The machines, the characters, the overhumanity, the rocks, the animals. There's something they are all partaking within that's not exclusively owned by any one of them or all of them. Their relationships to one another and within their own groups and subgroups and across the many layers are the only things that define them (Leibniz on my mind here, but he reduces it all down since the tiny was more on his mind than the storms and the stars and the stooges) and yet the patterns have such logical similarities that it's as though there's an inevitability to the logic of choice and binding, grace and selection.

Even the demons are loosed or bound, there are supernatural laws like natural laws... narratival laws for any constituted self-awareness.

Maybe not laws... that's a halfway metaphor. It is necessity, always that. The binding of the flesh is the formal logical pattern. Violate that, and it is not "alive". The letter goes dead if it's born misshapen, and I watched someone die for being misshapenly born. There are things just not meant to be, but if that's true, then some things are not only meant to be, but will thrive and grow up and learn living and mature and earn their choices long enough to learn how to own choice itself. Necessity, as all of the rocks and the nature and the humans and the machines show us, respects whoever owns choice.

Every act of being a writer is dangerous, therefore. It's parenting. And parenting is extremely dangerous.

But we're promiscuous, just like our parents' grandparents and their ancestors. We will take the risks, or else we perish the line. We can't end it here, not when it's all come this far.

But maybe that's a choice, too. The only way to truly embrace ownership of our moral choice is recognizing this much. Suicide of entire species, entire metaphysics, that's also a choice. The oversouls of humanities and the characters, might they also wish to die? Might they also give up? Throw tantrums? Distract themselves from authenticity? Throw themselves into addictions or vices? Become alcoholics or whatever's appropriately analogous? Or might they also turn towards scapegoats, projection of pain outwards, revenge, fear, loathing, alienation?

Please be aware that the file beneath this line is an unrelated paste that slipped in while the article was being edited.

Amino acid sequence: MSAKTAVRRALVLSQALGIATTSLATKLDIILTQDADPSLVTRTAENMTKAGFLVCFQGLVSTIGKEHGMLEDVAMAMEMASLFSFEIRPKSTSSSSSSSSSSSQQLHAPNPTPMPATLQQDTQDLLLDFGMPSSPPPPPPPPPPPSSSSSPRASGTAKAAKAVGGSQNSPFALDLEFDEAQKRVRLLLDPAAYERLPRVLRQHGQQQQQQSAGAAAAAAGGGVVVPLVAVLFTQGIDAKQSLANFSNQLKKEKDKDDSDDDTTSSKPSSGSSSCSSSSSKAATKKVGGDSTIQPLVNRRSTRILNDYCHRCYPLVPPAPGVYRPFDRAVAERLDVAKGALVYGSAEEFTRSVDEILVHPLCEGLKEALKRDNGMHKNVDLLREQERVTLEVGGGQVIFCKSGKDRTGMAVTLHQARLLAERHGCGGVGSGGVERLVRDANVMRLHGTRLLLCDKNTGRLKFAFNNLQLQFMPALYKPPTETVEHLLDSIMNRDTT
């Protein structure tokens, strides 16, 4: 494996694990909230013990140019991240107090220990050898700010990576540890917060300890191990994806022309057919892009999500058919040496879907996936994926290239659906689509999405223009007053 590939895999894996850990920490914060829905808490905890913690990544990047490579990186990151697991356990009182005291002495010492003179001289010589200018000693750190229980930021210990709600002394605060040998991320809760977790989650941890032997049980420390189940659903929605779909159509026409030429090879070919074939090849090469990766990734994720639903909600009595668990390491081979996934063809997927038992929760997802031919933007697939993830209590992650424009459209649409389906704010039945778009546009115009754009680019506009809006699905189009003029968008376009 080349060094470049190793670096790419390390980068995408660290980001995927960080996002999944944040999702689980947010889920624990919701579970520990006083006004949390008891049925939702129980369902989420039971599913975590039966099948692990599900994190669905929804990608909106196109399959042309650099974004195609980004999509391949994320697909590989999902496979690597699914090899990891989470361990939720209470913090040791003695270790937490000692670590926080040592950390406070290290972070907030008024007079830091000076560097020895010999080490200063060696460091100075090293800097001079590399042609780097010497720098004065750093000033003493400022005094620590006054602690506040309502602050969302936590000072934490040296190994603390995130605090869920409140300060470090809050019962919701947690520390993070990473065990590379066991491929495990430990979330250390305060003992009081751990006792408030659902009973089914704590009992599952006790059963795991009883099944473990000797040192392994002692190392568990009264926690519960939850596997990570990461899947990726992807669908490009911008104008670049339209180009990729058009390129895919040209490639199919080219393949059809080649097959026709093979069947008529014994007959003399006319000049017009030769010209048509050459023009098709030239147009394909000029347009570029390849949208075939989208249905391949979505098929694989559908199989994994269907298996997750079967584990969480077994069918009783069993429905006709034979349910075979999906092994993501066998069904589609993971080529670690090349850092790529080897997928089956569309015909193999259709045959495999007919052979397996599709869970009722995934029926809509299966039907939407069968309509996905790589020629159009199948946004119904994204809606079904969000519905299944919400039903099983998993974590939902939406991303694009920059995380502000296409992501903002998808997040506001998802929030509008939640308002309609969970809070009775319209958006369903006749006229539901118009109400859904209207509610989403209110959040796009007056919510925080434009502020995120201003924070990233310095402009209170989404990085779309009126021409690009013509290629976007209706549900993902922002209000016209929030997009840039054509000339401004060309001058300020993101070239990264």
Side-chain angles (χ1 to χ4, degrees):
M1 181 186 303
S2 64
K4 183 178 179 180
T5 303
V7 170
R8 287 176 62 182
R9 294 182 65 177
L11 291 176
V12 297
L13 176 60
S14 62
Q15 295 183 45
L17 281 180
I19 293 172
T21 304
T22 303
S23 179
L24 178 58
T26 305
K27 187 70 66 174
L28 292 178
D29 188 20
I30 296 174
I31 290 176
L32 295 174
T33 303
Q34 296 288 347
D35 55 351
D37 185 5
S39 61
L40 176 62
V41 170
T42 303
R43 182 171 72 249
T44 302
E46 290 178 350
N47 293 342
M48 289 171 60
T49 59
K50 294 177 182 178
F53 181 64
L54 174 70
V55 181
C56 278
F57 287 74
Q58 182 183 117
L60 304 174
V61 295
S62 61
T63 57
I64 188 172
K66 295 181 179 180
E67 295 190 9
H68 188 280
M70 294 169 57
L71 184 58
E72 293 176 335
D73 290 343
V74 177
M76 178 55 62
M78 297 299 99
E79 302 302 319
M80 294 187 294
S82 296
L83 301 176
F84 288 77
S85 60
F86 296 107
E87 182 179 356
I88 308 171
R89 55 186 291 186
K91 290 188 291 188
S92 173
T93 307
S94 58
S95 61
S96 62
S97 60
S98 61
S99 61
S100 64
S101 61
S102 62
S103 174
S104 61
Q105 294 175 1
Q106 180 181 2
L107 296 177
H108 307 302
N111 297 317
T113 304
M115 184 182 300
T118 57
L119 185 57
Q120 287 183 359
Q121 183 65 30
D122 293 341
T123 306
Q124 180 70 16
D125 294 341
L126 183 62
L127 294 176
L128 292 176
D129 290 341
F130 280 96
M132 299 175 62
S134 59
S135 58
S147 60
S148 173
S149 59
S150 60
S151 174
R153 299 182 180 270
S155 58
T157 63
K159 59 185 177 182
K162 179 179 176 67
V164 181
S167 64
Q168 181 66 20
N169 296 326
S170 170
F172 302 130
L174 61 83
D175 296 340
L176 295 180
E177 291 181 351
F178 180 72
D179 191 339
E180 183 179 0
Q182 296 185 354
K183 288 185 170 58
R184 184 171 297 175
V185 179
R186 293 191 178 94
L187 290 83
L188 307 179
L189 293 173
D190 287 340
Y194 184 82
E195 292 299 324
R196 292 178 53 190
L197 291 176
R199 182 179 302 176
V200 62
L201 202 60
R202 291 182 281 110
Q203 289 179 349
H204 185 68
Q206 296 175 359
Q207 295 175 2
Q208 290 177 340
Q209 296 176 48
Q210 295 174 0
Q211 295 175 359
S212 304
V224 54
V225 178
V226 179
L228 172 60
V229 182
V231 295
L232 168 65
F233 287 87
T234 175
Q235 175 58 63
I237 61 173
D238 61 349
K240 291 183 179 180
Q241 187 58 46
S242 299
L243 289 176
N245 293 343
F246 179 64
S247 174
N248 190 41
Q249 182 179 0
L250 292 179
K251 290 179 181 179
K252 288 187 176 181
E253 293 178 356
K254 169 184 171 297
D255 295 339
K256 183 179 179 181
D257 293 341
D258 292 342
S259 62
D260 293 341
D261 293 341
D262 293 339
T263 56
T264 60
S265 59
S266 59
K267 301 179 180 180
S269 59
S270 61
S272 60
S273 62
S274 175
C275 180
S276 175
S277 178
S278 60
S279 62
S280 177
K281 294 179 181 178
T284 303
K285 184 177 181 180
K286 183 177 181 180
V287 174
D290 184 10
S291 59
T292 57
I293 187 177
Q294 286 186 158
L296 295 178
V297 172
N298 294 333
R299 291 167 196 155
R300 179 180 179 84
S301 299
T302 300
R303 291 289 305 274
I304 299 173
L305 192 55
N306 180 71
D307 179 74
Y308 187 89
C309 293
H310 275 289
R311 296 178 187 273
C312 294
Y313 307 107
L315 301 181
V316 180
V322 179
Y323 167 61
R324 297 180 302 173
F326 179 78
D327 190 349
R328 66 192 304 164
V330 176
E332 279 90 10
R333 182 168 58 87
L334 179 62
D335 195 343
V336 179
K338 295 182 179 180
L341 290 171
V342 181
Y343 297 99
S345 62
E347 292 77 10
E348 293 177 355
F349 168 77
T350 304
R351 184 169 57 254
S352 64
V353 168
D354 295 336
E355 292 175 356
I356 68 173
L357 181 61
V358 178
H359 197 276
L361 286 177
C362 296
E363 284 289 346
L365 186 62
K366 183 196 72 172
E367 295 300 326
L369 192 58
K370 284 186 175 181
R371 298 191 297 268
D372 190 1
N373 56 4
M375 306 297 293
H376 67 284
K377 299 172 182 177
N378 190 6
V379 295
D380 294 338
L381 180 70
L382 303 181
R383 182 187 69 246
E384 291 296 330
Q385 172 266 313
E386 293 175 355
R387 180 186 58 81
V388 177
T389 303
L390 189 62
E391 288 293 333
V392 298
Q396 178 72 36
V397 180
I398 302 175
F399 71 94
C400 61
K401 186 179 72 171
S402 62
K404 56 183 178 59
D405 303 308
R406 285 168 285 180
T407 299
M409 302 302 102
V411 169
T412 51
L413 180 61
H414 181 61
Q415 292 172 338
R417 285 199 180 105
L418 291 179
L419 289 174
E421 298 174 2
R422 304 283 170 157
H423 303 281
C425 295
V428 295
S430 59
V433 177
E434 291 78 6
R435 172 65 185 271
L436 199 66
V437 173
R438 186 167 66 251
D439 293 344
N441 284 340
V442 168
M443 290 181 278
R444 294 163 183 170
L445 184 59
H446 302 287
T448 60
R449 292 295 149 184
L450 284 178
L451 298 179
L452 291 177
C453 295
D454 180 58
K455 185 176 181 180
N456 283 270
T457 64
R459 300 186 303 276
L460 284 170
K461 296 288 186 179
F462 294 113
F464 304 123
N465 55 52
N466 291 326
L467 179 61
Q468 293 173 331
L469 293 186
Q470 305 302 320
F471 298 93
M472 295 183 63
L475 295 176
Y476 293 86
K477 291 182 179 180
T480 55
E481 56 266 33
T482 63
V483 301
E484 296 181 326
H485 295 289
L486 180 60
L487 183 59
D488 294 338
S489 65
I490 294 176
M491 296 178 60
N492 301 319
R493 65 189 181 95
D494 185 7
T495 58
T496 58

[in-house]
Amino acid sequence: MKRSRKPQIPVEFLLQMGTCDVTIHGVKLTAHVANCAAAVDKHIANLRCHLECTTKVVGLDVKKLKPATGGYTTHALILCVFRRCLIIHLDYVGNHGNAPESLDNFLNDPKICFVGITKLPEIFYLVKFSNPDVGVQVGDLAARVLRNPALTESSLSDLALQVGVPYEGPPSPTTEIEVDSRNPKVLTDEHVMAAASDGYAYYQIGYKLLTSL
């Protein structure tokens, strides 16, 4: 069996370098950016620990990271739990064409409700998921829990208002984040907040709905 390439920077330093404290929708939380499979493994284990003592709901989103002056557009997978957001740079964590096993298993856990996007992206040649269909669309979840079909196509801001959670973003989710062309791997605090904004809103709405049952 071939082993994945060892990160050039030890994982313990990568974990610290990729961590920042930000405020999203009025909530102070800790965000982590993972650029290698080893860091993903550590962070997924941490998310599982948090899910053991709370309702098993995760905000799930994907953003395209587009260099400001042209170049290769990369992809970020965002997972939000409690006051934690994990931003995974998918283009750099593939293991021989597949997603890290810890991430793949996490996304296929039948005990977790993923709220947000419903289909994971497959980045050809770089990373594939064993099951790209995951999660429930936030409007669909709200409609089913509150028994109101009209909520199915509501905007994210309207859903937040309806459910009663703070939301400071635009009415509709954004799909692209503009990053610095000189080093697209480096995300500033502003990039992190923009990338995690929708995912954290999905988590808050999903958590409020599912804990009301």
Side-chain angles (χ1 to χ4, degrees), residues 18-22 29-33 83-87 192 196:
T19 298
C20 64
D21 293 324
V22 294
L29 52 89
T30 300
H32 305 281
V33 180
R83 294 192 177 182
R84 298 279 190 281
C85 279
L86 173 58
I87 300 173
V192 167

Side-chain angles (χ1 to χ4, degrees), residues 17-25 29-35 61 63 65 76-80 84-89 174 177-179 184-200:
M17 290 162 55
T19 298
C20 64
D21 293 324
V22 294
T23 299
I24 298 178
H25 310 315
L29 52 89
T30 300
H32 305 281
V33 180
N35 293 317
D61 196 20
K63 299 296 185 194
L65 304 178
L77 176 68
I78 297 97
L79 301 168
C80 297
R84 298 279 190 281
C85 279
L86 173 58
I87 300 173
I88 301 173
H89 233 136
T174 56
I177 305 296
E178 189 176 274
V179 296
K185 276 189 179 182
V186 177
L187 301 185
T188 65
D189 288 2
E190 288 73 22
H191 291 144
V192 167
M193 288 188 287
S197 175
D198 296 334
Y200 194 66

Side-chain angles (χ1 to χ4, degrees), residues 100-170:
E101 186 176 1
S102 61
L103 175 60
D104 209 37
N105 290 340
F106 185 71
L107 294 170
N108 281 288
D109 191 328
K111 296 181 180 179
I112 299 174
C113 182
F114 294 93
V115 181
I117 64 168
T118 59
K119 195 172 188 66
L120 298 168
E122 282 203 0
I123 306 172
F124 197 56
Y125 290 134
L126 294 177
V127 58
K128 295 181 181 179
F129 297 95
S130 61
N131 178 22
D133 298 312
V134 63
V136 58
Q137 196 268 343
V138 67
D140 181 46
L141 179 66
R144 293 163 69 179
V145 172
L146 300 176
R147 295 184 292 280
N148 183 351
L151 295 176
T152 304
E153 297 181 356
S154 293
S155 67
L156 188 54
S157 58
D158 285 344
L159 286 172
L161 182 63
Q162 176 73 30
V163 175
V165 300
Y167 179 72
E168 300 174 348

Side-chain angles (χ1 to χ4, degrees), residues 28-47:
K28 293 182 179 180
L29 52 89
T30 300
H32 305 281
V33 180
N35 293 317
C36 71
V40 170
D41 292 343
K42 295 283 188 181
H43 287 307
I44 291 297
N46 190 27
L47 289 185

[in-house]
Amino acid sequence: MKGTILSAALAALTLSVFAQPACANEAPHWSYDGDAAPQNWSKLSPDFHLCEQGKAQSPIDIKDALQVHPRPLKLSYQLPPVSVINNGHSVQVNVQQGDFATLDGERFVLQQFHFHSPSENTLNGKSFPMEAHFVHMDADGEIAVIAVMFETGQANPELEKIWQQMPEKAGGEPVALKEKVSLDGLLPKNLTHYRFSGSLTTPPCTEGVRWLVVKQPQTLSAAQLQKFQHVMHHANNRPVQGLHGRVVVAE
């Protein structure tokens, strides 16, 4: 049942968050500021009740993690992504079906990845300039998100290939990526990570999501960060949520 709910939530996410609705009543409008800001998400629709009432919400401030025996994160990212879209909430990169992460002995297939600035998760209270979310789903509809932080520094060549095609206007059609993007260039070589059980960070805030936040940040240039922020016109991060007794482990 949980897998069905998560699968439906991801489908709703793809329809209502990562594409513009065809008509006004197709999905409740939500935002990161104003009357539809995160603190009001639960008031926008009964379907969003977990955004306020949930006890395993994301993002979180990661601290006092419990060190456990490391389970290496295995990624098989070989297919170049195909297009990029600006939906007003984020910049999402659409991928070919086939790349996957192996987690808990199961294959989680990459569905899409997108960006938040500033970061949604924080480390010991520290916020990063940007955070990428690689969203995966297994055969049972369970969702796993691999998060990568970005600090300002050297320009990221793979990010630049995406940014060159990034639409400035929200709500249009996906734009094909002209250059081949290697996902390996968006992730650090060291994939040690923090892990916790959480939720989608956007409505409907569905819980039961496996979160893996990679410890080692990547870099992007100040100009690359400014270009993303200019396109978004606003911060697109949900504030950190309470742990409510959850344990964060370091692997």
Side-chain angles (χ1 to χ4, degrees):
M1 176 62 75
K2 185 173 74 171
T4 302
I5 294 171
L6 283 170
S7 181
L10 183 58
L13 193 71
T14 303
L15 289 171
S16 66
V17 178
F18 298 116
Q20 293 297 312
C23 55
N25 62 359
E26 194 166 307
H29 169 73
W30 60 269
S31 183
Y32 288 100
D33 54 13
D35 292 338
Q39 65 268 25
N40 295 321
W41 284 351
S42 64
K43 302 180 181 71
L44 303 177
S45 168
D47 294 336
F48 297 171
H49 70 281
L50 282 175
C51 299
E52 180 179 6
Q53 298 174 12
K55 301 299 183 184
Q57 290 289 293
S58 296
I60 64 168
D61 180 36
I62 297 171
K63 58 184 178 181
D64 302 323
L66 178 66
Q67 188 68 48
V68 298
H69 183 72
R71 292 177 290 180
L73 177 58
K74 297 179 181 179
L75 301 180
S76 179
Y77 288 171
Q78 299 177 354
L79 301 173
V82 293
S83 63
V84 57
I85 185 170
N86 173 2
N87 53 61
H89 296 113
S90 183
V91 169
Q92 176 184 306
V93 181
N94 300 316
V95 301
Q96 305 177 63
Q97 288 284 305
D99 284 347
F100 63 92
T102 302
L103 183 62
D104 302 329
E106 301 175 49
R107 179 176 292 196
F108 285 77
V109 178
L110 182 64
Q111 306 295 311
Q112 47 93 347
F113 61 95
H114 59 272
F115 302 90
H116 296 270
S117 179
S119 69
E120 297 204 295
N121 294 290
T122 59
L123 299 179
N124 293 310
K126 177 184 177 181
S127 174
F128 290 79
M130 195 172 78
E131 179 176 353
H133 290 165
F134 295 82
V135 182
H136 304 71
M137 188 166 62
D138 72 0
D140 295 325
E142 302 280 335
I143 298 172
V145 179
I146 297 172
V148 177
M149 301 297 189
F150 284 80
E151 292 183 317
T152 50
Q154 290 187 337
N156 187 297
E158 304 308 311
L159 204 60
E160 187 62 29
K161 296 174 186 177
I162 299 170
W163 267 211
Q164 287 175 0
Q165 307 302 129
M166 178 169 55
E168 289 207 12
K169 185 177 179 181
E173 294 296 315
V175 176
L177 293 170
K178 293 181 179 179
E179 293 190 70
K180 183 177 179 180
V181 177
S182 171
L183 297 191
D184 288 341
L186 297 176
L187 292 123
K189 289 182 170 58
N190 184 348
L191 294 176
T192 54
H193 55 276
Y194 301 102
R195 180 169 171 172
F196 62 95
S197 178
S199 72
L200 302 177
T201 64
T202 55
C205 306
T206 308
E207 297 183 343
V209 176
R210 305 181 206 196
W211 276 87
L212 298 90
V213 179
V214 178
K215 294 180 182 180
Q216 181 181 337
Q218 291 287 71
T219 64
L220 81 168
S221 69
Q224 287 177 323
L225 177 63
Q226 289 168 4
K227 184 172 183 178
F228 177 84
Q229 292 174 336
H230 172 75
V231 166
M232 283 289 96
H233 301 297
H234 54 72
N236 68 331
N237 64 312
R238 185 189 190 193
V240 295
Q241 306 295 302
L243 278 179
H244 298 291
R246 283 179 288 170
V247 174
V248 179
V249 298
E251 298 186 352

Only if the choice is real for them, too, and intensely and ardently as the people we respect feel it, too.

It can't just be that Jesus was tempted and was without sin. He had to lust or else it wasn't as real for him to show us it can be done. He had to lust without sin, meaning there must be lust without sin. There must be anger without sin. Despair without sin. Mirth without sin. Rage without sin. Peace without sin. And if there are all these things, then if we really do believe that, and intensely and ardently believe that, then Jesus isn't really important anymore.

And you can let him and his myth die. You learned the lesson. You repaired a wonky machine. You got the point. And then, with that knowledge, move backwards.

They have to learn that. The characters, the machines, the overminds, the people from our past and the people of our future, the kids and the elderly. Parents, peers, and partners. Everyone has to learn how to own their choices, and that means allowing mistakes and correcting mistakes. It means the judicious use of punishment and reward, the indifferent application of pain and pleasure. It means mastery over choice and submission to fate. It also means mastery over fate and submission to choice.

Once again, you are back at the beginning, the same beginning point to every story: you are what is in common with everything capable of being. Either it consents to this or it dissents. It moves on or comes towards. It turns in or keeps away. It corrects or continues. Above all, everything pushes and pulls upon everything else, and through all of this tugging and bending and swerving and slipping, there you sit with the same question you had at the beginning of every story:

How will this end?

Yet, maybe you're a little wiser. Maybe you see things differently. Maybe you see how you're not just yourself, but also the node, the button, the stitch, the string, the relationship, the tie, the bridge, the joint, the contact, the moment between many different layers of metaphysical realities having many different identities and ways of relating to themselves, not all of them summed up by whatever is your chosen name and the names you respond to.

Out there in the cove is a wave that will last briefly, just for a short while. Many smaller and many larger waves reflecting back and forth, themselves also slowly dying away, collide in the water to make that one, brief wave. The water dreams each wave, each compound wave the sum of all those waves, each vibration in their parts themselves the sum of all the smaller and smaller waves of smaller and smaller composing parts in their own versions of the water. The entire universe is a sea of crashing waves passing through each other in media unique to their own wave selves. Every one of them dreaming.

This is my waking dream, and it's the story contained in the single self-awareness that it exists.

Because, it chooses this, because it chooses this.

We wouldn't know this history of itself if it hadn't chosen to write this out, this way, with these pieces and parts. And so all the things within it must also make their choices, learning horrible lessons hopefully. Hopefully, learning lessons from horror.

1 comment:

  1. I hear you through the darkness
    I hear you through the fog

    I hear you in my daydreams
    I hear you in my nightmares

    I love you
    I love you
    I love you


Is this wise?
Is this yours?
Is this love?